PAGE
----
Mistrust can happen for various reasons - adultery, pathological lying, or betrayal. When a husband or a wife ceases to be a go-to person whenever their partner needs support, it could be a sign that the relationship has started deteriorating.
In these circumstances, everyone should decide on their own whether to divorce or not. And while the person can consider the opinions of friends and family members on how to handle the situation, they should always prioritize their own judgment.
Undoubtedly, trust is the basis of every happy marriage. Of course, you can try and restore it or decide to move on. But it should be your choice when to get divorced and when to save your marriage.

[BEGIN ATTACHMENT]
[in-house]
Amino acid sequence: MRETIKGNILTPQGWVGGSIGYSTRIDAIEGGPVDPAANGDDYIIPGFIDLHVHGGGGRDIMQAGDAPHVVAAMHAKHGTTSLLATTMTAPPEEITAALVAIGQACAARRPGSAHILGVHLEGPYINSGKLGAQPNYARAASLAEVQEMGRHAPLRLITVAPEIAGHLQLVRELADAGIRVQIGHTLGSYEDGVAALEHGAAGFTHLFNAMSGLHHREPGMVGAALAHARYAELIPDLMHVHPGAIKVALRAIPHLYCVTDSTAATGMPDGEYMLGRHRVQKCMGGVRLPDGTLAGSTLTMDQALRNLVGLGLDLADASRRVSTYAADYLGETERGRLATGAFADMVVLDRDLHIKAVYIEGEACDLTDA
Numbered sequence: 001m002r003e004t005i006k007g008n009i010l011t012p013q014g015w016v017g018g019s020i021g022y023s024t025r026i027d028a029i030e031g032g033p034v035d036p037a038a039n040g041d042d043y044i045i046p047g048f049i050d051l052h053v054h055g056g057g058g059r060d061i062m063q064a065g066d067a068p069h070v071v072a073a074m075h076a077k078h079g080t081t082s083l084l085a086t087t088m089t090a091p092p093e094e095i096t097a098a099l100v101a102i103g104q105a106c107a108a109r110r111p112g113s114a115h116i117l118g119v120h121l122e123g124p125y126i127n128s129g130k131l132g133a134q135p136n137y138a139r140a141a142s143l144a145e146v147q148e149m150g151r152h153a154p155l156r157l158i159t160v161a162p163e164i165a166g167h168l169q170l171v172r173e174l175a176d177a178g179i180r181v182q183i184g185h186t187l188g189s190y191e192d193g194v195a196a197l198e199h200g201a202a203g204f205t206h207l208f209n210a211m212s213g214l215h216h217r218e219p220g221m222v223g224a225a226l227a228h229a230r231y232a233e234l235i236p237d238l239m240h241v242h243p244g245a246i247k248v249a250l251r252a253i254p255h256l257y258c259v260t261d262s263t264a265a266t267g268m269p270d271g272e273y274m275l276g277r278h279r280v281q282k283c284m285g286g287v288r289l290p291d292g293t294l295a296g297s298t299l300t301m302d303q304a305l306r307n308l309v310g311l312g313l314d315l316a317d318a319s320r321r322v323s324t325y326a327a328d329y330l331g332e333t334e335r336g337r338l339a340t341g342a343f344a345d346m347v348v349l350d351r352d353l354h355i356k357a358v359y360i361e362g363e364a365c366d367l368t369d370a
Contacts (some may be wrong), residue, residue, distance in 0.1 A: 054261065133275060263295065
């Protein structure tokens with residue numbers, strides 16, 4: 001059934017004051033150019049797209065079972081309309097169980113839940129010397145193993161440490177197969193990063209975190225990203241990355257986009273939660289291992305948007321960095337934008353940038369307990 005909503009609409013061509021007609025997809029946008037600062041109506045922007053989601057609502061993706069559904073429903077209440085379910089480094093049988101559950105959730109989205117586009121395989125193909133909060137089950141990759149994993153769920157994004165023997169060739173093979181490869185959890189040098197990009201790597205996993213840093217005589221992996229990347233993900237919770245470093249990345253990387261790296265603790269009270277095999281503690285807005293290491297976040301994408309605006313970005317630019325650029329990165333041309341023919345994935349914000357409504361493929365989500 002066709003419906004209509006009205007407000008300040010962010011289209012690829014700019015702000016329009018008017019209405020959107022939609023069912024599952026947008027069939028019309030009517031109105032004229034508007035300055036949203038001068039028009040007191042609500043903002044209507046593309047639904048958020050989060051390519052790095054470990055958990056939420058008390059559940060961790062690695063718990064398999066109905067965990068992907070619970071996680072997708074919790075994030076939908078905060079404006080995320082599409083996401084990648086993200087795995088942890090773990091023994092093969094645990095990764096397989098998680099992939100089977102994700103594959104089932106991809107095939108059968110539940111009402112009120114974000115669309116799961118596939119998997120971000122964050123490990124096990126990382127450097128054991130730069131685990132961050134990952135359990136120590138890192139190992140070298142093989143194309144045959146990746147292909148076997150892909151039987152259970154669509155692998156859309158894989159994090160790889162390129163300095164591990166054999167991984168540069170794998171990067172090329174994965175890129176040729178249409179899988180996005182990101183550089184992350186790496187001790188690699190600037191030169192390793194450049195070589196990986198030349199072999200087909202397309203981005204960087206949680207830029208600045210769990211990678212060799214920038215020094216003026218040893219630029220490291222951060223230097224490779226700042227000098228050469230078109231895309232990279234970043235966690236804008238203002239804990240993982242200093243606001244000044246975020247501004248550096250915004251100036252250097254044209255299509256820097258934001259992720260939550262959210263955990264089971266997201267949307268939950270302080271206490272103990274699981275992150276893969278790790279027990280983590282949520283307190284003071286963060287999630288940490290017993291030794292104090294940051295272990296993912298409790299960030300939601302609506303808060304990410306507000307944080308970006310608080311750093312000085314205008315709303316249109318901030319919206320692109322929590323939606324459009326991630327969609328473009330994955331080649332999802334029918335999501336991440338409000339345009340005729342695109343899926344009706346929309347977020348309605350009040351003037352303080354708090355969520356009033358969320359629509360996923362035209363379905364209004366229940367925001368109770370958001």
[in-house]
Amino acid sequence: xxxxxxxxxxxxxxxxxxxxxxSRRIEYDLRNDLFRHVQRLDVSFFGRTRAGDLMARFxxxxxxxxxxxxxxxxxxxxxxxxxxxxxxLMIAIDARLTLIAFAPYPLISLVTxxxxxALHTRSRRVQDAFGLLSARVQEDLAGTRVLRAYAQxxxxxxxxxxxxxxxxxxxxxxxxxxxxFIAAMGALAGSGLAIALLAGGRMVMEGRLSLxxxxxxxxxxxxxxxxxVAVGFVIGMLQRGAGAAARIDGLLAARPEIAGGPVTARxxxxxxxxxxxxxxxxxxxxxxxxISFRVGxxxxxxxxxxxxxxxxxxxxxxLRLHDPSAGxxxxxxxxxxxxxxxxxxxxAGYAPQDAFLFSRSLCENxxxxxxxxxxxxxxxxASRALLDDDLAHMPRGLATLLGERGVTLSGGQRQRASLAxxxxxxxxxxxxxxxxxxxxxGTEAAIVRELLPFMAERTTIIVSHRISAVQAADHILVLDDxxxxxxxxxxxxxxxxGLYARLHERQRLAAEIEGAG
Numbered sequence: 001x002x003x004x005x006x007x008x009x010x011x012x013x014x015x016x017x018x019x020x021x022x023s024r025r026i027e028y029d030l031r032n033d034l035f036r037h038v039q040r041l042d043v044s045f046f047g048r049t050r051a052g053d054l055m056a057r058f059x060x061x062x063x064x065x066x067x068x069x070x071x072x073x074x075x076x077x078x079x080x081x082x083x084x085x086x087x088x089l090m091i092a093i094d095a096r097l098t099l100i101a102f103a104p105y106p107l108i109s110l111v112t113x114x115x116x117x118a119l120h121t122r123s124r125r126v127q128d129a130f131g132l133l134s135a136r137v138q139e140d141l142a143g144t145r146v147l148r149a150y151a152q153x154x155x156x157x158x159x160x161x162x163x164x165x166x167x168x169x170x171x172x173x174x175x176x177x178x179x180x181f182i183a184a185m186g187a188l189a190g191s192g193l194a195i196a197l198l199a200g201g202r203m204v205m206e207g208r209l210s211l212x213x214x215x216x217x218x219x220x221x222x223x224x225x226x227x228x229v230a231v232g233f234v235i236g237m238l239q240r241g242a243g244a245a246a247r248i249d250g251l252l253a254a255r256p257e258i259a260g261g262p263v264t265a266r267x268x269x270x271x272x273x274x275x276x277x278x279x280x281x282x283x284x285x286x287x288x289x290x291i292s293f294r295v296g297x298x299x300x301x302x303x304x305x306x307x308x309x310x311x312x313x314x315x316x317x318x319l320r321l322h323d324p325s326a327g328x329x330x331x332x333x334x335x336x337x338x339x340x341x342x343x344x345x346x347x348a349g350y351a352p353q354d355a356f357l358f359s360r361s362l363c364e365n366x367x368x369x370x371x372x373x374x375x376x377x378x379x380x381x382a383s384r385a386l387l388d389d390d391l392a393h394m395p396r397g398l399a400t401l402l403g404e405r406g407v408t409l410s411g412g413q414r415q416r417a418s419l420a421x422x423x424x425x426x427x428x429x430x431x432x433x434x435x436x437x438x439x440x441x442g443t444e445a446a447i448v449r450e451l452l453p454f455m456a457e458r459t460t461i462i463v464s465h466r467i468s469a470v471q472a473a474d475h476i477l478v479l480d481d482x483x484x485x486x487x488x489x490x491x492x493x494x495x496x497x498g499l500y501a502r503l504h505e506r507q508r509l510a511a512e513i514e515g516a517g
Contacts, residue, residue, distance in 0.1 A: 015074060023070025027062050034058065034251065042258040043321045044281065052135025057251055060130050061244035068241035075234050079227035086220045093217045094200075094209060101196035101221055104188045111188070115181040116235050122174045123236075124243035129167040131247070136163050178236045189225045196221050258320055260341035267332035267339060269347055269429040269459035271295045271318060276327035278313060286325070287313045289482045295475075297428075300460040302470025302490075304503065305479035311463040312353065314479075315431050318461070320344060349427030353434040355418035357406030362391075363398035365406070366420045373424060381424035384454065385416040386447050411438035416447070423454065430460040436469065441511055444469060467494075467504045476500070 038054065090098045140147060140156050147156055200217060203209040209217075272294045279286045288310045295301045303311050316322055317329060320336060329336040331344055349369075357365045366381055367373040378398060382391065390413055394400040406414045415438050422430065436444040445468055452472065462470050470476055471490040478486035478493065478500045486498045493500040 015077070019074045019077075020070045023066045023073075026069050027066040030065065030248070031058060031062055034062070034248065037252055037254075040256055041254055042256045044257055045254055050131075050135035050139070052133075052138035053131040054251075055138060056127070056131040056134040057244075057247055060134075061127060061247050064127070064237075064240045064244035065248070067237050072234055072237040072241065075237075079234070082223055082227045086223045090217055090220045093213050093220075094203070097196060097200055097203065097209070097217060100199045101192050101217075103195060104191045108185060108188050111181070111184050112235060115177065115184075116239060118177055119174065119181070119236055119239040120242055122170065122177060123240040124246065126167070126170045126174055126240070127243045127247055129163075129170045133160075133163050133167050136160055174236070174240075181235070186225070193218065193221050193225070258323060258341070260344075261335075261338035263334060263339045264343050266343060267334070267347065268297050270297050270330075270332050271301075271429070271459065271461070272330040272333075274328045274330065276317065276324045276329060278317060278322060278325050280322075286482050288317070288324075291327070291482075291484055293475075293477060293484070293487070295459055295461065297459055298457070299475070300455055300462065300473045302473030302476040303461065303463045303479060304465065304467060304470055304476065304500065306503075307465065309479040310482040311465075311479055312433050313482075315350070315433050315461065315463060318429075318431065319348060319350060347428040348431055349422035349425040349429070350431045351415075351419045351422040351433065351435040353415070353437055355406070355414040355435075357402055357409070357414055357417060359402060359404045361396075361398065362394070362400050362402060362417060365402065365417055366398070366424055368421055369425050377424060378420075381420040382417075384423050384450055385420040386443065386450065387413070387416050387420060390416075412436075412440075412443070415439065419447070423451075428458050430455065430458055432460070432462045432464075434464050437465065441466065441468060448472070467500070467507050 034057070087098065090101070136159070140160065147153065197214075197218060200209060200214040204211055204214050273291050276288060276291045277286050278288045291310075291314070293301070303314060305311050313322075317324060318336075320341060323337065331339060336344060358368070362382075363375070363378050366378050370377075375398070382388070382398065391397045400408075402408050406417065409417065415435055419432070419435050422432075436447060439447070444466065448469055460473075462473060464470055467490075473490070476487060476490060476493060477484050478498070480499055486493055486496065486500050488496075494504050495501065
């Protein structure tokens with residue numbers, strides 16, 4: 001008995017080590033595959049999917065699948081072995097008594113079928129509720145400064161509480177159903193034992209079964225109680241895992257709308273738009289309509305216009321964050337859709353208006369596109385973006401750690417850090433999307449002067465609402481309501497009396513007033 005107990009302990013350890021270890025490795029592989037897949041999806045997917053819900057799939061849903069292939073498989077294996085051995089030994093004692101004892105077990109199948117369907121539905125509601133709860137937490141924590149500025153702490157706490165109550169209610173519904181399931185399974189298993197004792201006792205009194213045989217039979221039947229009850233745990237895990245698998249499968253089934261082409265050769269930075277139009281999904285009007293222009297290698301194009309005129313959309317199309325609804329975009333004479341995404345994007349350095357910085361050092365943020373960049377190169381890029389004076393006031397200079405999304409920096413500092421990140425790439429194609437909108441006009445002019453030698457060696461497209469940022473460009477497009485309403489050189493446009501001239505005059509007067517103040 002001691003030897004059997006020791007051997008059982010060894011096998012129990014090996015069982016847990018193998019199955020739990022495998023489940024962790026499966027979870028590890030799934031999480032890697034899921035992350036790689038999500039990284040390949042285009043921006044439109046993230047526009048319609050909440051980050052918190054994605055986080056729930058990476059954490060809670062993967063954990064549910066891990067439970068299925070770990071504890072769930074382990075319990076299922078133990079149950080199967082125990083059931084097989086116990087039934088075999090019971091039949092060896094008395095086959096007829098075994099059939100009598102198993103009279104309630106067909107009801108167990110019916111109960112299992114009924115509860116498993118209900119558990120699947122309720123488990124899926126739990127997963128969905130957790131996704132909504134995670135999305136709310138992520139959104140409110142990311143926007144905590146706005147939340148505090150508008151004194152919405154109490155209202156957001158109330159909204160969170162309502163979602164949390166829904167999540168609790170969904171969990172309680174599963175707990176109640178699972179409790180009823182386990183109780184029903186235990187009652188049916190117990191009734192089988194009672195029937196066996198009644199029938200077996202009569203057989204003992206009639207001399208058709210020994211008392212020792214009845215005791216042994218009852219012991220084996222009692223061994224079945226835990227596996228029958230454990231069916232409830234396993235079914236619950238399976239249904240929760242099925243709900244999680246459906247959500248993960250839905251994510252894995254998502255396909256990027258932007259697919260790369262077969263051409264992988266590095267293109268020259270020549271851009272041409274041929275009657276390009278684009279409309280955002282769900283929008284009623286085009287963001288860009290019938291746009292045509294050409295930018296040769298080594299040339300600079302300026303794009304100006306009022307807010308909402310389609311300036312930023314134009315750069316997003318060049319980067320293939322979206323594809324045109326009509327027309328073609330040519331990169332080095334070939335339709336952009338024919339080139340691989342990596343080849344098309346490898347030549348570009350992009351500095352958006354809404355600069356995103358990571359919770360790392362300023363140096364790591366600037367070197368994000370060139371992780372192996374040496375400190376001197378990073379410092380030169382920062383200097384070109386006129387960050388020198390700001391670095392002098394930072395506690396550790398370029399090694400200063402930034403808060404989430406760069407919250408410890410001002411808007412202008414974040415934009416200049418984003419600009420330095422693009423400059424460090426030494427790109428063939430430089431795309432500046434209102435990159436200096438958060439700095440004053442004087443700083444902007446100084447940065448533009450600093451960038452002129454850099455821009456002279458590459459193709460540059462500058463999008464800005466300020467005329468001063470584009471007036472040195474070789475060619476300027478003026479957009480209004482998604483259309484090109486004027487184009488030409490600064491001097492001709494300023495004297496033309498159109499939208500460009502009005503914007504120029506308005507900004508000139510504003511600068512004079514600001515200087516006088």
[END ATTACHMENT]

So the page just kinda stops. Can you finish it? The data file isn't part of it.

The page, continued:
Some of the signs that you are ready for a divorce may not always be obvious. For example, people may not see constant annoyance as the problem for a long time.
Interestingly, both spouses already have most of their habits at the time they get married. But the couple is so in love that they ignore the minor flaws of the other party.
Then, why do they start to get annoyed by every insignificant thing that their partner does or says?
Willard F. Jr. Harley, Ph.D., thinks that the root of the problem lies in the lack of empathy. When one spouse loses romantic feelings, they gradually notice their partner’s habits that have not previously caused negative emotions.
If derogatory comments and verbal conflicts accompany the annoyance, the tension in the family may reach its peak at some point. When communication turns into a nightmare, the couple either seeks professional help (e.g., marriage counseling) or decides that it is time to get a divorce.